Some people find medical cannabis helpful for chronic pain, especially in the short term, but there are questions about long-term effectiveness and safety. Cannabis wasn’t recommended by Mayo Clinic when I attended their Pain Rehabilitation Center in 2018 nor is it recommended by the International Association for the Study of Pain.
A new systematic review and meta-analysis published November 28, 2022, in the Journal of the American Medical Association, suggests cannabis is no better at relieving pain than a placebo. And relying on any sort of passive treatment like medicines and supplements can create dependence on the agent - producing a sense of helplessness and reminding the user of the pain.
I have found I don’t need medicine or supplements to manage my chronic pain. Of course, your experience may differ. I know mine did earlier in my pain journey. My relief came by changing how I think about, feel about, and behave around the pain with pain rehabilitation using self-management.
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Editor’s note: This article was written based on my experience and what I have researched about the topic. Everyone is different. The decision to use supplements should be a decision between doctor and patient.
As part of the week-long Mayo Clinic fibromyalgia program I attended in 2016, I met with a pharmacist to review the lengthy list of prescription medicines, over-the-counter medicines, and supplements I was taking at the time. My medicine cabinet looked like a GNC store.
I was instructed to bring the actual bottles with me to the appointment, so I packed the bottles into a gym bag (yes, I was taking a lot of medicines and supplements) and went to see her.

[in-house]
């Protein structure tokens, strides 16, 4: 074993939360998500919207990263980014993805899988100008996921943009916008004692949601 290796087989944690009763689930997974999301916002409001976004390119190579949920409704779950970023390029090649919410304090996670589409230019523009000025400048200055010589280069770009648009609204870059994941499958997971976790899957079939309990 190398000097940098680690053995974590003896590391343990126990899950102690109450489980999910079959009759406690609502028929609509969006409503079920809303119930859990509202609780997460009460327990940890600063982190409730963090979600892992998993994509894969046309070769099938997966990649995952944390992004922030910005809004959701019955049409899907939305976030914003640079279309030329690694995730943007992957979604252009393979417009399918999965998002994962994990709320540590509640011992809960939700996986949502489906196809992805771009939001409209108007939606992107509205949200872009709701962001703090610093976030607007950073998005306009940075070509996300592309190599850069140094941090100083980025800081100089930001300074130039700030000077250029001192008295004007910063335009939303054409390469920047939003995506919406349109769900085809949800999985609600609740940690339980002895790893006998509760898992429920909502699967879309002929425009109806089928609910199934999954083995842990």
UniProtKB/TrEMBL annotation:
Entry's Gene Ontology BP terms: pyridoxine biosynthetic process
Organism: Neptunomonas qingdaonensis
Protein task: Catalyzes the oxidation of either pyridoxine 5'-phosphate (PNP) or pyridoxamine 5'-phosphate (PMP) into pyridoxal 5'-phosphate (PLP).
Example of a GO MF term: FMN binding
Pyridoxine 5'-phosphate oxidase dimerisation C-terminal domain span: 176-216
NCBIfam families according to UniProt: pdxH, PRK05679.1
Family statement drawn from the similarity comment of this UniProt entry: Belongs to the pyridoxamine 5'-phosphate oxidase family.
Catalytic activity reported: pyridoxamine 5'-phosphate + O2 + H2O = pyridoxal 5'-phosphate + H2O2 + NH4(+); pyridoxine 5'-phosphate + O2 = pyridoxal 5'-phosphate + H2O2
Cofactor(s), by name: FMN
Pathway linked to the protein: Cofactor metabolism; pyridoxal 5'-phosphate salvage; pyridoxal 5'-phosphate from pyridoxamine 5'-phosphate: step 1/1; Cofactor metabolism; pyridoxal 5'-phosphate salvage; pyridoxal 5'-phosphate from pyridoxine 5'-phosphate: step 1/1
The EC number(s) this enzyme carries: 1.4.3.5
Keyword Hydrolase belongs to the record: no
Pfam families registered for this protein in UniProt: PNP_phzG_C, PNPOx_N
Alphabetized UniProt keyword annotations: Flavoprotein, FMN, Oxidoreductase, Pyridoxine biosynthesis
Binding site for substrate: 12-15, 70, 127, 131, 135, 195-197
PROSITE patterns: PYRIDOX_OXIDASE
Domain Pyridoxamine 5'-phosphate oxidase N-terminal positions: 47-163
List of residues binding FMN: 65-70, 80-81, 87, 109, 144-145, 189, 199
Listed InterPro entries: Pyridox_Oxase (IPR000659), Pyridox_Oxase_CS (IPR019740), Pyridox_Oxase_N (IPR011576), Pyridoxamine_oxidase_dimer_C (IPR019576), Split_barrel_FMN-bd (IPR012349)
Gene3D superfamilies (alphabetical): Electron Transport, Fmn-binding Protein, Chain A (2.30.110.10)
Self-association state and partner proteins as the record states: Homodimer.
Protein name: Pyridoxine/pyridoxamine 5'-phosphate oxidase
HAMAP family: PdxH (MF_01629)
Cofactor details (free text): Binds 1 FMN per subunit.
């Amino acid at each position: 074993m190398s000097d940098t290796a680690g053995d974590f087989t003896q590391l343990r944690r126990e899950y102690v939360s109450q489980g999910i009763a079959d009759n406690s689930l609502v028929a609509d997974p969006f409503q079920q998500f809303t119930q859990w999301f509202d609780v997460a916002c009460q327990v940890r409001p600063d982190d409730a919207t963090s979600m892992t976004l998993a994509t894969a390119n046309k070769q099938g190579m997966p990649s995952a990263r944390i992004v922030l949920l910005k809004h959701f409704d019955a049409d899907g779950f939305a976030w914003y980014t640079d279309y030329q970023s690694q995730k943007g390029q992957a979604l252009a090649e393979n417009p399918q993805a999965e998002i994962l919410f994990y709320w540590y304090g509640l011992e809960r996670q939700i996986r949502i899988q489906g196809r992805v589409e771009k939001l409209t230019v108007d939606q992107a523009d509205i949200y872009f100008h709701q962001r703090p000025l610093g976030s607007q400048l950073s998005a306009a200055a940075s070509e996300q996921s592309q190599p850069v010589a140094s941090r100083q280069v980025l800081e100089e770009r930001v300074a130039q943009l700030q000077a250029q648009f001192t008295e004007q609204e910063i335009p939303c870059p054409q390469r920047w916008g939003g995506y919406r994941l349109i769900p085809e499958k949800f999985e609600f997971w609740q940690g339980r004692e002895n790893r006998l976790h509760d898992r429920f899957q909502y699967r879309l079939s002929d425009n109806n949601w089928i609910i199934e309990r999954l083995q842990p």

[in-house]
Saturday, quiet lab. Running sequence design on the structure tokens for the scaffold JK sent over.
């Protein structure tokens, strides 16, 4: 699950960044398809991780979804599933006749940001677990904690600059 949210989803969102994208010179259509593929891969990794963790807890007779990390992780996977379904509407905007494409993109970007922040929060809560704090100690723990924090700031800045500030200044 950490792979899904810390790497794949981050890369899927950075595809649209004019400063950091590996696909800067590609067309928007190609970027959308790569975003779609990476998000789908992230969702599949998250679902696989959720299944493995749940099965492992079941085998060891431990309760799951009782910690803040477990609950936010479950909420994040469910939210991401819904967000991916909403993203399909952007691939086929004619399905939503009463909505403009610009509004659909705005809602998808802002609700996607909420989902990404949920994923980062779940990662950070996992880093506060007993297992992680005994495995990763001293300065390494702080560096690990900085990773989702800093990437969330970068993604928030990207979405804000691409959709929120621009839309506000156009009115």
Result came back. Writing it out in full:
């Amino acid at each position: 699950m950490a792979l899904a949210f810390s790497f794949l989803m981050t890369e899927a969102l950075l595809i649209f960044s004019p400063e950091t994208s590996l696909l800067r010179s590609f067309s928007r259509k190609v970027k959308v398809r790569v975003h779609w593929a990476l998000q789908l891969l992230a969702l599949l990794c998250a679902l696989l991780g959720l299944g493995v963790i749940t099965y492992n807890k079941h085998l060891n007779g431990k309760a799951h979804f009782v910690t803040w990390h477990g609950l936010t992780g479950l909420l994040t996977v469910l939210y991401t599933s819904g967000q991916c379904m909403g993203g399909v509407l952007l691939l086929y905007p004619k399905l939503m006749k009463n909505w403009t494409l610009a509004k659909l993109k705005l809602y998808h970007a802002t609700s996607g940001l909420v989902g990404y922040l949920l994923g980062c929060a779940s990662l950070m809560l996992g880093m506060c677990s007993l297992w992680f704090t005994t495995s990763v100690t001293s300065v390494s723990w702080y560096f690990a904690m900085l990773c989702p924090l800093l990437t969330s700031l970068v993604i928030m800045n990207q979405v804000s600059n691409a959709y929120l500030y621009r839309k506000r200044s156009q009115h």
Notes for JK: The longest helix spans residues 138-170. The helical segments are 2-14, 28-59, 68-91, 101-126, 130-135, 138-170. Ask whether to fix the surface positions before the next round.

I was surprised as she read each bottle, making comments and recommendations about each pill – including product quality, labeling issues, ingredient safety, and dosing.
When the appointment ended, my medicine and supplement list was much shorter with her recommending stopping most of the supplements and my gym bag much lighter – throwing away the pills I was going to stop taking.
Unlike prescription or over-the-counter drugs, which must be approved by the Federal Drug Agency (FDA) before they can be marketed, the FDA doesn’t review supplements for safety and effectiveness before they are sold.
We don’t know where the products are made, how they are made, what is in them, and if the dosage is appropriate.
Safety is left up to the manufacturers and distributors of the supplements.
You assume all risks when using supplements. While some may be valuable, many aren’t.
Tom Bowen is a chronic pain patient who turned into an advocate, educator, and collaborator.
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